Did you know that the excepted benefits health reimbursement arrangement (EBHRA) is the only HRA that allows short term insurance plans (STLDI) to be reimbursed tax-free? That’s right! Read on to learn more about some of the finer points of this arrangement.
But first, what is an EBHRA?
EBHRA stands for excepted benefit HRA which can be used to reimburse employees for medical expenses and limited medical premiums. EBHRA must be offered in conjunction with an employer sponsored group health plan, but interestingly the employees do not have to accept the health insurance to participate in EBHRA.
To keep the HRA limited to excepted benefits, the rules state that EBHRA:
- Must not be an integral part of the group health plan
- Benefits must be limited in amount ($1,800 for 2021)
- Cannot provide reimbursement for premiums for certain health insurance coverage (including Medicare, group health plans, and individual health insurance)
- Be made available under the same terms to all similar situated employees
Why would an employee want a short-term plan over the group health plan?
Just because an employer offers a group health plan doesn’t mean the employee will take it. In a survey conducted by Kaiser Family Foundation in 2018, 27% of employees who were offered coverage from their employer turned it down. There are many reasons why employees may turn down the coverage.
One finding is that low-wage workers at small firms are likely to turn down coverage when offered when the premium is a larger share of their income. EBHRA + short term insurance is a good option for employees that can't afford the group health insurance but still want some coverage for emergencies or gaps.
How is short term insurance different from other health insurance?
STLDI may not be suitable coverage for all individuals in all circumstances and in many instances it might not provide coverage that is as comprehensive as individual health insurance coverage.
A few key differences:
- Does not meet ACA requirements for health insurance
- May exclude or limit preexisting conditions
- May not include coverage for hospitalization, emergency services, maternity care, preventive care, prescription drugs, mental health, and substance abuse disorders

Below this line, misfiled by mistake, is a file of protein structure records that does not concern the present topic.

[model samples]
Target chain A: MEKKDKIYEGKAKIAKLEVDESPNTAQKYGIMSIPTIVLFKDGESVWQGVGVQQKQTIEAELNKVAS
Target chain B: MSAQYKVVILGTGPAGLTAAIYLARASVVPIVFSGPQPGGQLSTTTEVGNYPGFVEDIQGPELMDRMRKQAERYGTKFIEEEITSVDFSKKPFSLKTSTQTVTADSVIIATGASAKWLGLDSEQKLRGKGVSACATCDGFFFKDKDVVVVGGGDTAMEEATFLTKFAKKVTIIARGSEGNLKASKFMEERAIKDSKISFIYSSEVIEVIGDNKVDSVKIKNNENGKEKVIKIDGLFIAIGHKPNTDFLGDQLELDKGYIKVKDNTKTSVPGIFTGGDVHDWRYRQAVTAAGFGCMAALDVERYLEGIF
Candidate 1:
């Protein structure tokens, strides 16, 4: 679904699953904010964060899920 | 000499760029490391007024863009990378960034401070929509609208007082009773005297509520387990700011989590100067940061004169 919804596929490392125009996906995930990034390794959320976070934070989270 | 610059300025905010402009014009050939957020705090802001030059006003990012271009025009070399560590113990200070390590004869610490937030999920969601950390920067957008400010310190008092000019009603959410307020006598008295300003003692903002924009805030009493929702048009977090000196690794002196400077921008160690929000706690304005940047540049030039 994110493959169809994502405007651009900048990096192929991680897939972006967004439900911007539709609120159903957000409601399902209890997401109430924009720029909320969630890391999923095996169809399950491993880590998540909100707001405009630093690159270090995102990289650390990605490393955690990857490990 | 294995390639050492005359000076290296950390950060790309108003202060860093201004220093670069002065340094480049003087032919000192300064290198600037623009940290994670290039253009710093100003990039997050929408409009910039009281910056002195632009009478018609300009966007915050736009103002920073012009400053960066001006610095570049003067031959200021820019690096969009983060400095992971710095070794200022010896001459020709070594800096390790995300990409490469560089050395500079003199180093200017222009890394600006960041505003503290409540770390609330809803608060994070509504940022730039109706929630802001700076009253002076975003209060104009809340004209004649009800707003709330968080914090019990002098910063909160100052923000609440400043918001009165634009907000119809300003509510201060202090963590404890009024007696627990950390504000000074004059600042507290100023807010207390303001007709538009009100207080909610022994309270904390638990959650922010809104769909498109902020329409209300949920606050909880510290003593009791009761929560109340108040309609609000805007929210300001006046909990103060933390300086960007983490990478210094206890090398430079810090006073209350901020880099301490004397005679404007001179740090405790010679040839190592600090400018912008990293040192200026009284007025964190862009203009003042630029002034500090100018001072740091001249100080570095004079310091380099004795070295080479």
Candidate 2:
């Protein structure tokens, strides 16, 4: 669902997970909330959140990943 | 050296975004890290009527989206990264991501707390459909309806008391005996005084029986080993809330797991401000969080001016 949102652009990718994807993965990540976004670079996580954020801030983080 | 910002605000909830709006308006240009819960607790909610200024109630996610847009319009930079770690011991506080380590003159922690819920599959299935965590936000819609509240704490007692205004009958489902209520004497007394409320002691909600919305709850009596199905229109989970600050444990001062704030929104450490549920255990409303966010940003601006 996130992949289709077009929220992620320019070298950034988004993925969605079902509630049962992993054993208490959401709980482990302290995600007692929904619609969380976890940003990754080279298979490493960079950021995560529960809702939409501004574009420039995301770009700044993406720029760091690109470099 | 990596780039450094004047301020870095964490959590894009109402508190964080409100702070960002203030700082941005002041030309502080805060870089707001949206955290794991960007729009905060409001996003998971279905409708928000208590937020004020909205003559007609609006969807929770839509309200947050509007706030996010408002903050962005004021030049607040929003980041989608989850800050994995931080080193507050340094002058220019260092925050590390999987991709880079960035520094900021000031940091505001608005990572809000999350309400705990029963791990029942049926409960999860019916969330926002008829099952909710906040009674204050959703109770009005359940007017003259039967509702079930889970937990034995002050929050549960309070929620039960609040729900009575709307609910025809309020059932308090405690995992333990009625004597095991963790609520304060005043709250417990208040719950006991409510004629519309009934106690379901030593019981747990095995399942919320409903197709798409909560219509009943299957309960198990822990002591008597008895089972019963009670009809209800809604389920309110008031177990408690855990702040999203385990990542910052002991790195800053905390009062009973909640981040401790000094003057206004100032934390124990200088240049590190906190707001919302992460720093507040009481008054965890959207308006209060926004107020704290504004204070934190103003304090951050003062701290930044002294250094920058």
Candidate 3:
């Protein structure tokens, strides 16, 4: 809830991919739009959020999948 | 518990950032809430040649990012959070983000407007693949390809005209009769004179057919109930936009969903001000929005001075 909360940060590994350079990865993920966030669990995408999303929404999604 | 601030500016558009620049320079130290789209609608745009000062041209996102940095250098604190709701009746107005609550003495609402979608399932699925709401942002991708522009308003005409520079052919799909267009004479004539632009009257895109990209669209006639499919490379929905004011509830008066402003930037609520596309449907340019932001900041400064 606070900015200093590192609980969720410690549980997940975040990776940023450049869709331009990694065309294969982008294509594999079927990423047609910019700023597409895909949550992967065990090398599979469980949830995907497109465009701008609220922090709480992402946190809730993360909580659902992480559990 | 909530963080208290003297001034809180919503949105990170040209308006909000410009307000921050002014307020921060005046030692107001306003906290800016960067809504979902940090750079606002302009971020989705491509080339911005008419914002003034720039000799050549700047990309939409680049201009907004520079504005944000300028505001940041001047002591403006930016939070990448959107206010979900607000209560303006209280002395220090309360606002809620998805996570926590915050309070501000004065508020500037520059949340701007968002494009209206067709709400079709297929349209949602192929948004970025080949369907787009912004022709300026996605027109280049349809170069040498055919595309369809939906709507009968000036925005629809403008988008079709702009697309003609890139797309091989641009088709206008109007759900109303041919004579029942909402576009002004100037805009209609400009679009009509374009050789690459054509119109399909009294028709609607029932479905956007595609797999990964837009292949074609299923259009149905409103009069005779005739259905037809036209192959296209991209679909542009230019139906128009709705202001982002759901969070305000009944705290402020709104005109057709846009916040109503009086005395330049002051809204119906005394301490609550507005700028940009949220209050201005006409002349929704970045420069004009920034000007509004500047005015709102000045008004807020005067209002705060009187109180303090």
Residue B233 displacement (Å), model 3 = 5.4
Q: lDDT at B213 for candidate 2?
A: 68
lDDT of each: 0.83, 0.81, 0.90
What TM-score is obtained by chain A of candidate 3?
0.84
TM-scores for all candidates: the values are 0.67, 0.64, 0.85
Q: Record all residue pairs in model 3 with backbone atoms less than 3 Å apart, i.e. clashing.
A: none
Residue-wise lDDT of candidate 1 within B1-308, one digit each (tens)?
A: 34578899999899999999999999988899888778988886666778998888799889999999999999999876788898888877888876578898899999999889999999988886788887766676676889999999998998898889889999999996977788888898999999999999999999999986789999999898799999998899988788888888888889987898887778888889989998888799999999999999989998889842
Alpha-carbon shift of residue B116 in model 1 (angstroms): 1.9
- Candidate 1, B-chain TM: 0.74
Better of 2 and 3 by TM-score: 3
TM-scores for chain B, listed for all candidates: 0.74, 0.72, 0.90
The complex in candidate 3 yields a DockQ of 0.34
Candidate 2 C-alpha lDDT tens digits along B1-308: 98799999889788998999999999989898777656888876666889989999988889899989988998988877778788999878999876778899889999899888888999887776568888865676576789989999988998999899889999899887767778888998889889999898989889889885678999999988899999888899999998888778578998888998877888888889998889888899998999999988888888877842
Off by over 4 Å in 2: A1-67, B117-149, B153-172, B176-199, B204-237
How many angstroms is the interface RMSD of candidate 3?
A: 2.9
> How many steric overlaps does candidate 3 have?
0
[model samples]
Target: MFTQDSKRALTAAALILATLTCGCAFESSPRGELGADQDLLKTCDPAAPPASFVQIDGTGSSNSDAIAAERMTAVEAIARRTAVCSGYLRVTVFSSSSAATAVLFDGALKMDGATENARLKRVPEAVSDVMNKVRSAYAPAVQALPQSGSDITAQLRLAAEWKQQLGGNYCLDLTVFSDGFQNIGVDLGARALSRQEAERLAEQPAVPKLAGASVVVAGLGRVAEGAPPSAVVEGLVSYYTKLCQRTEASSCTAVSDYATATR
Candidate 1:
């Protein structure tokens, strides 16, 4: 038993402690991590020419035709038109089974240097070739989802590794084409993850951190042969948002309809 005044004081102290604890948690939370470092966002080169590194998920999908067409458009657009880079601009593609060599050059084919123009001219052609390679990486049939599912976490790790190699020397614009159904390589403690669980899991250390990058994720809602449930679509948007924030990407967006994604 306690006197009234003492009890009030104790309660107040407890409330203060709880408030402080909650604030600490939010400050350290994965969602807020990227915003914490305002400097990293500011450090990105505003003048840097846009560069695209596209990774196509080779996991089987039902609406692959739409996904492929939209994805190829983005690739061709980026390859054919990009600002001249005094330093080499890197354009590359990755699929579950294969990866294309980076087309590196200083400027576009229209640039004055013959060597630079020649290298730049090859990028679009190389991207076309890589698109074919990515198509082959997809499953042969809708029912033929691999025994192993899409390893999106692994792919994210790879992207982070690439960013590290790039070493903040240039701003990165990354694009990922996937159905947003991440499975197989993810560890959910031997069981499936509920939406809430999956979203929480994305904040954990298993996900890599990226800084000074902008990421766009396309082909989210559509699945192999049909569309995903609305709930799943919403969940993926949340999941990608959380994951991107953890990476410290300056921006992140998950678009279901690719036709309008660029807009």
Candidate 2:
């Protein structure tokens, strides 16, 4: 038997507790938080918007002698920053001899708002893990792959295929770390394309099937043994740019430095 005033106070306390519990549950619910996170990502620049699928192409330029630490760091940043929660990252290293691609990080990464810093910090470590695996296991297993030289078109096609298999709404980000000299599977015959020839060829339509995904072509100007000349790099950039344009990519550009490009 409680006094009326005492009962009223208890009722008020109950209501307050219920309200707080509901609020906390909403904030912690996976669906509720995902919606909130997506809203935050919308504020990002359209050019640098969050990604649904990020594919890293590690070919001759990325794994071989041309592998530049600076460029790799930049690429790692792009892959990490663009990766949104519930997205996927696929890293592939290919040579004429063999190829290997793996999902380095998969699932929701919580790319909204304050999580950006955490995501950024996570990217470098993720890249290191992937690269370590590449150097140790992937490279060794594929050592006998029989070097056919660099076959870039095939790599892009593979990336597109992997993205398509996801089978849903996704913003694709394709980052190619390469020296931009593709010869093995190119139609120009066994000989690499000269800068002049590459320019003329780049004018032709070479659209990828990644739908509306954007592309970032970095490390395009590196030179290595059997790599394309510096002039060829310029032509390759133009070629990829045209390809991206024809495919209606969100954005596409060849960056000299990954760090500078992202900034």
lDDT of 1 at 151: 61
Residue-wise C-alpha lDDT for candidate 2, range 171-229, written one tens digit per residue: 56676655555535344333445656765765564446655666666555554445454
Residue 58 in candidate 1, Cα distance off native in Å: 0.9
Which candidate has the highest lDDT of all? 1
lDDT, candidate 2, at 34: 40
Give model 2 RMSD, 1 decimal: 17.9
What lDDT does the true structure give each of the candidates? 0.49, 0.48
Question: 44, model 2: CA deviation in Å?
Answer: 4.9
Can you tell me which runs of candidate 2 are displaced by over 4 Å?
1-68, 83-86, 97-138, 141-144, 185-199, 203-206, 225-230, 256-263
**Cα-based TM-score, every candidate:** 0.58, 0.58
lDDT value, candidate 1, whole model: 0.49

- Has lifetime or annual dollar limits on health benefits
However, STLDI can be a viable health insurance option for many people in many circumstances. Also, no individual is required to enroll in STLDI; rather, it is simply an additional (and in some circumstances, more affordable) option that may be available to them.
Can Short term (STLDI) be reimbursed through any other HRAs?
Different types of HRA’s have different requirements of what type of insurance is required to participate in the HRA. Here is how STLDI works with two other HRA’s.
QSEHRA stands for qualified small employer HRA and is for employers with fewer than 50 full time employees. In order to participate in QSEHRA, employees need insurance that meets Minimum Essential Coverage. Since STLDI plans do not meet the MEC requirement, individuals will need to purchase a MEC supplement plan to participate. Once MEC is purchased, both the STLDI premium and MEC premium are eligible for reimbursement.
The individual coverage HRA (ICHRA) is for employers of any size. In order for employees to participate in the plan, they must purchase a qualifed individiual plan (think bronze, silver, gold metal levels) or have Medicare. Short term plans are not eligible for participation or reimbursement under ICHRA.
Want to learn more?
Take Command is here to help you keep all these acronyms straight and to help you decide the insurance coverage that's right for you and your business. Our team of HRA experts is always available for a chat! You can also browse our comprehensive guides or our up to date blog for more information!
A wife to one and mother to four, Keely does all of the things. She’s also dabbled in personal finance blogging and social media management, contributed to MetroFamily magazine, and is passionate about good food, treasure hunting and upcycling. With a B.S. in Psychology from the University of Oklahoma and a knack for a witty punchline, it’s no surprise that Keely’s social posts are as clever as they get. In her (very little) free time, you’ll find Keely with her nose in a book or trying out a local restaurant with her family.